Value-Based Care: Four Key Competencies for Success (Executive Report)

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After an era of discussion, demonstration projects, and education, many healthcare organizations are transitioning into a variety of value-based care contracts. Now health systems have opportunities to enter into government payer alternative payment models (APMs) that appropriately meet each system’s readiness to take on the financial risk for specific patient populations.

With such APM opportunities (and depending on how the local market adopts value-based contracting principles), organizations can no longer afford to sit on the sidelines of payment transformation. According to a 2017 Health Catalyst survey of 199 healthcare leaders, 80 percent of organizations believe at least 30 percent of their contracts will incorporate at-risk payments over the next five years.

This white paper reviews the evolution of value-based contracting, including the difficult lessons early clinically integrated systems learned, the new dynamics that drive value-based care success, and the key interventions that impact contracts. The paper also explains how, by leveraging a framework based on a thorough understanding of five population health management (PHM) competencies, health systems can drive effective clinical and financial outcomes across the value-based care continuum.

Understanding Value-Based Care with a Brief History of Clinical Integration

Any discussion of value-based care must start with an understanding of the evolution of clinically integrated entities. In the 1990s, the U.S. Department of Justice provided landmark opinions on the antitrust standards of clinical integration. Today, this core principle remains: if the network of providers creates a high degree of interdependence with a devoted interest in controlling costs and ensuring quality, the arrangement can meet federal agency antitrust scrutiny.

In 2012, under the Affordable Care Act (ACA), CMS released the first applications for the Medicare Shared Savings Program (MSSP), providing a framework for clinical integration. The program’s emphasis on impacting quality and cost goals for a patient population assigned to an ACO became a dominant example of the abilities of previously unavailable claims data.

This first MSSP iteration showed a steep learning curve to use data effectively and to build successful interventions across the national market. Other contracts paced the transition more appropriately for clinically integrated entities. Value-based contracts that focused on paying for successes by measuring and improving quality dominated the early adoption.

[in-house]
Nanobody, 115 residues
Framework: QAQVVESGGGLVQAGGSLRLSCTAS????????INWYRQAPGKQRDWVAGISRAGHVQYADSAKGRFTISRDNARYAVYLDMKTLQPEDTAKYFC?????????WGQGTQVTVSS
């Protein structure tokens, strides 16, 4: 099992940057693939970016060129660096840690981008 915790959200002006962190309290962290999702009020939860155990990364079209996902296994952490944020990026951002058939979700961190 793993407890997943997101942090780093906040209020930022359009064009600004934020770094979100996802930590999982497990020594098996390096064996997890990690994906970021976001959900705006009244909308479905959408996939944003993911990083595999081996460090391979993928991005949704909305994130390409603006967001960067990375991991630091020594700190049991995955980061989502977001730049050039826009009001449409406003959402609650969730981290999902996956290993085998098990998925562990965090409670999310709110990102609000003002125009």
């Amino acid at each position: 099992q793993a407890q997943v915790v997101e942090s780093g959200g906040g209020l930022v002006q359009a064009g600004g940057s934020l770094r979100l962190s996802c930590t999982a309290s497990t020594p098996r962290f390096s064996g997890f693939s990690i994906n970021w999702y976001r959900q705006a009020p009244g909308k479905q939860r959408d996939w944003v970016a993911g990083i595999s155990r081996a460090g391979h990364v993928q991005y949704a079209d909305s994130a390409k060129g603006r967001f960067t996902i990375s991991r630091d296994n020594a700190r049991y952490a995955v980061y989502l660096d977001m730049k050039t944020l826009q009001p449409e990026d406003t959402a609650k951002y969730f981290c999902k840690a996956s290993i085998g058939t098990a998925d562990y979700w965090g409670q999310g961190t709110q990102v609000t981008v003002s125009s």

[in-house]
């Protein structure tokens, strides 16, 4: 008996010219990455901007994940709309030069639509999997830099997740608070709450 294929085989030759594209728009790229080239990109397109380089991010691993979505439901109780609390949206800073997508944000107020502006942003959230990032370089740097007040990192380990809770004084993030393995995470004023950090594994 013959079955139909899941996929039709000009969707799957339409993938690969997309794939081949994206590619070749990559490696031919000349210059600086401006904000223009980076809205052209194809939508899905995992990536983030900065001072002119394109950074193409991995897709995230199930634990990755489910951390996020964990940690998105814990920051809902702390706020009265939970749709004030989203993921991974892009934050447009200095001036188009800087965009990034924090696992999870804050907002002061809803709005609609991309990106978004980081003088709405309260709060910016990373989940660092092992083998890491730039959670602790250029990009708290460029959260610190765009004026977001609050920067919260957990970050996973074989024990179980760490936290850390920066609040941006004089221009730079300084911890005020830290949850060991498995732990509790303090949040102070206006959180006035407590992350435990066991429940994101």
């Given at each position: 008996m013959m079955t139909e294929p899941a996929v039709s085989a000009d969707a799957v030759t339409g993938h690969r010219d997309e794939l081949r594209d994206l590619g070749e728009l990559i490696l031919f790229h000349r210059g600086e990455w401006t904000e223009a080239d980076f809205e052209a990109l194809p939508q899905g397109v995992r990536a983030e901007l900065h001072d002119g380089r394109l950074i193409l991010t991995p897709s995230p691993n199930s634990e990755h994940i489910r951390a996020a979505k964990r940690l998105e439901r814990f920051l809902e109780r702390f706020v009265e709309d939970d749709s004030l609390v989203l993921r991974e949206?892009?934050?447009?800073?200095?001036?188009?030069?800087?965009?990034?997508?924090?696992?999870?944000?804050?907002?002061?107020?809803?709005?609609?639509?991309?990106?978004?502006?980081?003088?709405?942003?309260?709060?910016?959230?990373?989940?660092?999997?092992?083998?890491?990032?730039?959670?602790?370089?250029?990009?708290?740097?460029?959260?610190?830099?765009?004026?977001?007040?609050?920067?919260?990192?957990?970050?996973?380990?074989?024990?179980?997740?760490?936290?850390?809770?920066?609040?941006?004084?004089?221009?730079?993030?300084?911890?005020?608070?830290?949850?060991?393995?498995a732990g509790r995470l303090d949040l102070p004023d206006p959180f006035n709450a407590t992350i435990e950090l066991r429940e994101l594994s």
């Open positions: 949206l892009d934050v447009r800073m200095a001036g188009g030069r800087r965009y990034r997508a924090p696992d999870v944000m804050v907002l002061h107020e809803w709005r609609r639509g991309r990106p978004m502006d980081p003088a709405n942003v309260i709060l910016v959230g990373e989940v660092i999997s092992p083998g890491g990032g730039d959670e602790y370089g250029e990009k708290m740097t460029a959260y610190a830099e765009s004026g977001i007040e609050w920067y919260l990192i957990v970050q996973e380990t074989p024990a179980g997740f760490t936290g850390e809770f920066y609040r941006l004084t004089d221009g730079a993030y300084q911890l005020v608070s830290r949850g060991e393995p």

The Health Care Payment and Learning Action Network (HCP-LAN)—a group of public, private, and non-profit organizations devoted to spreading value-based care initiatives—built a framework and defined APMs on a continuum; Figure 1 shows these definitions from category one (fee for service) to category four (population-based payment). In building the APM framework, HCP-LAN authors agreed that the objective of payment reform was to change national trends and move payments into categories three (APMs built on fee-for-service architecture) and four (population-based payment), per Figure 1.

Figure 1: The payment model framework, from fee for service to population-based payment

As transformation under the MSSP stressed measuring and managing the quality across newly integrated networks, ingesting data for quality reporting took substantial organizational effort. Important core data operations (e.g., financial metrics) were sidelined. Initially, two dominating competencies emerged among clinically integrated entities:

  1. Establishing an effective governance that could lead the newly structured organization through challenging decisions to improve quality improvement and cost efficiencies
  2. Clinically transforming away from siloed decisions to integrated care across the continuum.

However, without a true sense of urgency to take on risk (due to minimal, publicly validated cost-reduction interventions), the general mandate for the first clinically integrated entities became clear: to understand how to measure and manage quality across a newly organized group of providers. Under this mandate, clinically integrated entities prioritized quality reporting objectives over other key considerations, including data ingestion, data activation, and cost reduction interventions.

To succeed in at-risk contracts, however, organizations must not overlook any competency. They must instead constantly review and optimize the five core PHM competencies through a continual review and improvement process.

Optimizing the Five Key Competencies

To achieve PHM transformation, organizations must create a governance structure that uses an effective framework based on five competencies:

Competency #1: Governance that Educates, Engages, and Energizes

Figure 2 shows Health Catalyst’s framework for PHM success, from data and analytic transformation to payment and care transformation. A preliminary step to this framework is identifying organizationwide governance that will oversee the transformation to value-based care. A governance process that educates, engages, and energizes clinicians and stakeholders is a critical step in building a strong culture that supports difficult financial, clinical, and patient-focused decisions over the long-term.

Figure 2: A PHM framework for transformation

As organizations establish governance, they typically form committees with charters that include authority and responsibility, definitions of success, and participation standards. This is a critical step, as many operational teams will work together for the first time, and/or in new roles, in value-based care transformation—often to impact metrics that are new to them.

A fast track to success in this step is bringing the right people into the operational teams. In general, clinically integrated organizations seek lean teams that can impact interventions. Several roles are critical for engaging executives and spreading quality and cost reduction initiatives: